The South Sudan People's Defense Forces (SSPDF) on Monday reiterated its commitment to end the recruitment of children in the national army.
"It has come to our notice that using of children in the armed conflict is a great violation and that is why we always say no to the recruitment of children and that is why the SSPDF committed itself to sign a lot of action plans to eradicate this issue of recruitment and used of children in South Sudan," said Chaplain Khamis Edward, the director of child protection in the SSPDF, in Juba, the capital of South Sudan.
He was speaking during celebrations to mark the International Day against the Use of Child Soldiers.
Khamis said that the SSPDF would have eliminated child soldiers within its rank-and-file years ago if the conflict had not broken out in December 2013.
"We would have already cleared out children since 2009 or 2012 but due to some recurrent insecurity in South Sudan that is why we are still talking about issues connected to violations against children in South Sudan," he said.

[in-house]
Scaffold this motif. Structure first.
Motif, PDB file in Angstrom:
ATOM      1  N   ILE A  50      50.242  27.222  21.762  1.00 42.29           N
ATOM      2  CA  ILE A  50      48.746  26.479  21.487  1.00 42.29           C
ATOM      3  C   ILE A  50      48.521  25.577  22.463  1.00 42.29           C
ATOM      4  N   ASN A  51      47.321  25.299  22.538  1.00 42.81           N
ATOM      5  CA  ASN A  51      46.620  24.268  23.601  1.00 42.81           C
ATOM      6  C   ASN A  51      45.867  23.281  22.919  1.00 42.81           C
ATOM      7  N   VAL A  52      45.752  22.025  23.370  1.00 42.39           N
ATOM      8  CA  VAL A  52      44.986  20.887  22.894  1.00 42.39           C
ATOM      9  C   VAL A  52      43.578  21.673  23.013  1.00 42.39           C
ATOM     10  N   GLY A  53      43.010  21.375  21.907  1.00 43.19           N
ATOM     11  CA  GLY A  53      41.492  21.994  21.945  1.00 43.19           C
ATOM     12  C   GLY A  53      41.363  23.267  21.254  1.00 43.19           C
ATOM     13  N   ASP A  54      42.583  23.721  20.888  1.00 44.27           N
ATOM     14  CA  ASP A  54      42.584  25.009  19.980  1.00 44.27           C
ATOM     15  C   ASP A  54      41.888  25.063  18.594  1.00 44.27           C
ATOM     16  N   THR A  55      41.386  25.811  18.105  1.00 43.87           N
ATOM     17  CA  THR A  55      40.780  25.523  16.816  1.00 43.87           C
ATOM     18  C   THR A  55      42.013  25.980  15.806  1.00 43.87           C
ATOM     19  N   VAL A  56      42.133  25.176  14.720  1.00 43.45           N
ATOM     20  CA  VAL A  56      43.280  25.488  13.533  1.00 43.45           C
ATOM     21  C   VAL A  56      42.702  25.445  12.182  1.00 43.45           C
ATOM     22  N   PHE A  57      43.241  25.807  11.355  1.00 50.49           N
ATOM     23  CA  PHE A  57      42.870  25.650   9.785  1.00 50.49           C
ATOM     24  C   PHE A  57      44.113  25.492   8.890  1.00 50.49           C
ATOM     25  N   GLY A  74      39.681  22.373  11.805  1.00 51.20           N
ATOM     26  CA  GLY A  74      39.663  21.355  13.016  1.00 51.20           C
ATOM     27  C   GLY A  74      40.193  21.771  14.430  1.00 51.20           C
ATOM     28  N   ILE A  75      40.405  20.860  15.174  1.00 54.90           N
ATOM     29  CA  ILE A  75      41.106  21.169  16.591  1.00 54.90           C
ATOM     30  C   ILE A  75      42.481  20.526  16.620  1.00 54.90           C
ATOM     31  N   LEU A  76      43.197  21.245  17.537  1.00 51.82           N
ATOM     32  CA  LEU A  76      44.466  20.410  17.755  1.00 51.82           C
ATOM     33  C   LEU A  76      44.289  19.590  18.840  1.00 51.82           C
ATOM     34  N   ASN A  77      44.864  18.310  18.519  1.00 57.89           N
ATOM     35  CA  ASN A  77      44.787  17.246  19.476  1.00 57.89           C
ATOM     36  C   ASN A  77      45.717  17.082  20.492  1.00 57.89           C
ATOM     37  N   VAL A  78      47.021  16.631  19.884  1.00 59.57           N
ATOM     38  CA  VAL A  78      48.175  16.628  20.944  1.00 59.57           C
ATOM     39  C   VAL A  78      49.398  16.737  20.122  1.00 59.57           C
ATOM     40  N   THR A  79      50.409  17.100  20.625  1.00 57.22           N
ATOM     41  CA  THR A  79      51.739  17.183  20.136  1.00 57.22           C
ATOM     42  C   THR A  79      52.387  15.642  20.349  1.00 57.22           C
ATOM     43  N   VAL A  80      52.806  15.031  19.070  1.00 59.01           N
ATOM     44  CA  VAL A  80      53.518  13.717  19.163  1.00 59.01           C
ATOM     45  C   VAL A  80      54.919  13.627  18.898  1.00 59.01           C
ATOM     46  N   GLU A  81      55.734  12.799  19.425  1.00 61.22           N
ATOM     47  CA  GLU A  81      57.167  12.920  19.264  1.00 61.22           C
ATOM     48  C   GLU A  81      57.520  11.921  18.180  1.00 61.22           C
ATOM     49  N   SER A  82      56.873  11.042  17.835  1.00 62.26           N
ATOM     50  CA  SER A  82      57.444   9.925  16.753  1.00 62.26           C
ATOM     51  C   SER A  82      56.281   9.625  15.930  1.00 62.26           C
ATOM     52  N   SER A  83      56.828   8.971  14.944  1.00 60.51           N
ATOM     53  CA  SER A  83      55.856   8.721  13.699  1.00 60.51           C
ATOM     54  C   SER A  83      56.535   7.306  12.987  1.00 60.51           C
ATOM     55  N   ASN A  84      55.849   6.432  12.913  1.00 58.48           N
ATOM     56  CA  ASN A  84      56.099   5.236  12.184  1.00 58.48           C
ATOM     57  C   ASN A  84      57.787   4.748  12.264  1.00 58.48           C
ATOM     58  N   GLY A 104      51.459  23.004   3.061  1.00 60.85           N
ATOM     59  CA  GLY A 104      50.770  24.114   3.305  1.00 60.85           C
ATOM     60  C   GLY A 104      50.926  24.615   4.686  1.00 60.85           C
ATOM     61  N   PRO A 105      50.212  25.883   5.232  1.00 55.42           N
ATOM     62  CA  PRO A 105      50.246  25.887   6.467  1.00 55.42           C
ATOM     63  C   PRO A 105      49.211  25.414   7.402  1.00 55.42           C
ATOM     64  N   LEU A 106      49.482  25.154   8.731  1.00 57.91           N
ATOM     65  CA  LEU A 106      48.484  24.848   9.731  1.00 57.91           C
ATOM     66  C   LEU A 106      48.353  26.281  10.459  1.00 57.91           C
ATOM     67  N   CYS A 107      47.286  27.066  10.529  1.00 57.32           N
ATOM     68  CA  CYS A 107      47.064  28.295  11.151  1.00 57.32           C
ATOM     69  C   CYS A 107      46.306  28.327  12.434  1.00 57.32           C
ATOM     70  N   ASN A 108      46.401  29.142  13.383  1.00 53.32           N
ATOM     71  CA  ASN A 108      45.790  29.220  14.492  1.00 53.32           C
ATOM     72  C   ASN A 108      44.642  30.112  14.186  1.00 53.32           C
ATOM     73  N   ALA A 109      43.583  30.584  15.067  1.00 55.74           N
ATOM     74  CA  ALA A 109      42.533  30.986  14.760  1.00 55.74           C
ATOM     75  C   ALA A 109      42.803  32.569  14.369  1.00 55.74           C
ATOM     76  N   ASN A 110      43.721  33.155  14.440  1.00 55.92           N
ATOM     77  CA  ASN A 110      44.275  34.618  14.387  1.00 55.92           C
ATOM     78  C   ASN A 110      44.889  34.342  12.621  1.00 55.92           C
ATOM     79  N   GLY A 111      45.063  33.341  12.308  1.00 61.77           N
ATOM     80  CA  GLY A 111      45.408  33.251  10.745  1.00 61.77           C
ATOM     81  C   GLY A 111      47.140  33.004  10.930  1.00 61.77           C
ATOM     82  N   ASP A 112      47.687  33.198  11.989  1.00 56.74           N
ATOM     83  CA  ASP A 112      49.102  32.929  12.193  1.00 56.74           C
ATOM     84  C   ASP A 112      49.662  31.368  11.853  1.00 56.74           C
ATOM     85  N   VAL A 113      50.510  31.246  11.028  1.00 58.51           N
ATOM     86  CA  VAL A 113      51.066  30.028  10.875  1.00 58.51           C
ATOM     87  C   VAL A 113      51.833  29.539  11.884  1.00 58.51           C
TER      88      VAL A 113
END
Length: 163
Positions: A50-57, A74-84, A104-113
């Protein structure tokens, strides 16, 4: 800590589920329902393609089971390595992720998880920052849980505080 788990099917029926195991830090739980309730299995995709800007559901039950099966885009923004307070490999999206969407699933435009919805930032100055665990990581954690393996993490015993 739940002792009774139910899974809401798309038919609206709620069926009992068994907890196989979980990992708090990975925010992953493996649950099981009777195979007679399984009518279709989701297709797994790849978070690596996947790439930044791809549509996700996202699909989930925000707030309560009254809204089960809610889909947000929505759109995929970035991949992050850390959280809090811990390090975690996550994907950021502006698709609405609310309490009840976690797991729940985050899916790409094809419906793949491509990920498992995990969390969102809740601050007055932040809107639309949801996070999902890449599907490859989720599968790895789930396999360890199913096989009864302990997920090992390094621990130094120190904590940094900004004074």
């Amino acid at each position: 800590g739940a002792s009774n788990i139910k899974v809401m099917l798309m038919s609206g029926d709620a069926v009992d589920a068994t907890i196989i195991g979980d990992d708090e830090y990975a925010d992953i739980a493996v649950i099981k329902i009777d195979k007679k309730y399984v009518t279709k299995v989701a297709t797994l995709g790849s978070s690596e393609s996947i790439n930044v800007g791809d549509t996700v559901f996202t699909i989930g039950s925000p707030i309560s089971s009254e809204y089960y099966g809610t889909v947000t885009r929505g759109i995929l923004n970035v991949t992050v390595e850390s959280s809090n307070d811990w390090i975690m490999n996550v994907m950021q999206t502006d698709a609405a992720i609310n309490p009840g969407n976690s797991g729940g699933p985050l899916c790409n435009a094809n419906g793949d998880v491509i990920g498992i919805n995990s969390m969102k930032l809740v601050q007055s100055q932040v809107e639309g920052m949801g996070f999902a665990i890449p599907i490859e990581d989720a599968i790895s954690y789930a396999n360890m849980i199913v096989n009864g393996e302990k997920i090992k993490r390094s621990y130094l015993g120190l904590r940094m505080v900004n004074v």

Oluku Andrew Holt, the national coordinator for the Disarmament Demobilisation and Reintegration Commission, called for urgent action to end grave violations against children.
"We in South Sudan are joining the world to urge for support to bring to an end the recruitment and use of children by armed forces or armed groups," Holt said.
Up to 4,000 children associated with armed conflict were released from various armed factions between 2013 and 2022.
The released children were mainly from the former Cobra Faction in Greater Pibor and the South Sudan National Liberation Movement in the Western Equation state, according to the Disarmament Demobilisation and Reintegration Commission.
The government of South Sudan signed an action plan with the United Nations on March 13, 2012, to end and prevent the recruitment and use of child soldiers within the army.
In February 2020, the government signed the Comprehensive Action Plan to end all six grave violations against children in armed conflict.